What is special about the year of the Rabbit?

As you might know, each year has an animal sign in the Chinese Zodiac, which is based on the moon and has a 12-year cycle. This year, we celebrate the year of the rabbit, known to be the luckiest out of all twelve animals. It symbolises mercy, elegance, and beauty.

What celebrations are taking place and how can I get involved?

There are plenty of festivals happening all around the country which you can get involved with. Here they are per state.

New South Wales

Darling Harbour Fireworks
When: Every year, Sydney puts on a fireworks show, and this year, you can catch it on January 28 and February 4 at 9 pm in Darling Harbour.

Dragon Boat Races
When: Witness three days of dragon boat races and entertainment on Cockle Bay to usher in the Lunar New Year. The races will commence on January 27 and finish on January 29.

Lion Dances
When: Catch a traditional Lion Dance moving to the beat of a vigorous drum bringing good luck and fortune for the Lunar New Year. The dance performances will happen across Darling Harbour on Saturday, January 21, Sunday, January 22, and Sunday, February 4 and 5, around 6 pm and 9 pm.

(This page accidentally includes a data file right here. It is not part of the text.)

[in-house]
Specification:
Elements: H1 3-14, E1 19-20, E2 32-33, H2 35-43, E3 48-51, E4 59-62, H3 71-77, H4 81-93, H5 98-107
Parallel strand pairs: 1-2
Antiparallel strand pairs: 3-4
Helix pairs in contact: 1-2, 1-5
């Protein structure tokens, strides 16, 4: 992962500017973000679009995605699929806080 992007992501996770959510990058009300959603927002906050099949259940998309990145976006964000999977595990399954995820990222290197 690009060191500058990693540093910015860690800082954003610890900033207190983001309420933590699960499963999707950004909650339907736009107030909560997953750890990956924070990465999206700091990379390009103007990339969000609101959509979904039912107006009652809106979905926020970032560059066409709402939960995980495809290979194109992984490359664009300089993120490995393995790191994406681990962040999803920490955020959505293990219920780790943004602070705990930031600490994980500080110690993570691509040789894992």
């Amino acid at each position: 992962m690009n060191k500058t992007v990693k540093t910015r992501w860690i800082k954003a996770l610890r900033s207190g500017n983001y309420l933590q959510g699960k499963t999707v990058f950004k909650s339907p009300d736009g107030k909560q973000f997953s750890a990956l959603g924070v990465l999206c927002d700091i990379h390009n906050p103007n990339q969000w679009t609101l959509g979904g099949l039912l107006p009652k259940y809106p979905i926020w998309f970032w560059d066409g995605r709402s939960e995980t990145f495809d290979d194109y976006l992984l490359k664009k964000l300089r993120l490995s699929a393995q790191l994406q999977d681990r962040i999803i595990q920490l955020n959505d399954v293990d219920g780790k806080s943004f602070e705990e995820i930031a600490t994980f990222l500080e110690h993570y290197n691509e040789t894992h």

Lunar New Year at Cirrus Dining
When: Barangaroo’s waterfront seafood restaurant, Cirrus, is celebrating the Year of the Rabbit with a special feast menu. Cirrus’ LNY menu is $128pp with optional wine pairing and is available from Saturday, January 21, to Sunday, February 5.

Auntie Philter
When: Hello Auntie’s owner and executive chef, Cuong Nguyen will be dishing out some of the most classic Vietnamese street foods with his mum, Linda. All of Philter’s favourites will be on offer, as well as Raspberry Pash Beer Slushies and other cocktails being served at the Philter Brewing rooftop bar on Sunday, January 22 and Sunday, January 29.


Lunar New Year Festival
When: Ring in the Lunar New Year with food, music, arts, and more on Sunday, January 22, from 10 am to 9 pm.

Lunar New Year at the National Gallery of Victoria
When: Celebrate the year of the rabbit at the National Gallery of Victoria’s festival of art, food, and art-making activities for everyone from 10 am-5 pm.


BriAsia Festival
When: From February 1-19, Brisbane will come alive with performances, including lion dances and martial arts displays. There will be street food, workshops, comedy and more.

South Australia

Chinatown Adelaide Street Party
When: Adelaide is set to hose a fun-filled day celebrating the Chinese New Year on Saturday, January 28, from 12 pm to 9 pm.

Western Australia

Crown Perth
When: Across January and February, Crown Perth hosts free live entertainment, including colourful lion dances, roving mascots, and drumming performances. The restaurants will also throw banquets and menus dedicated to the Lunar New Year.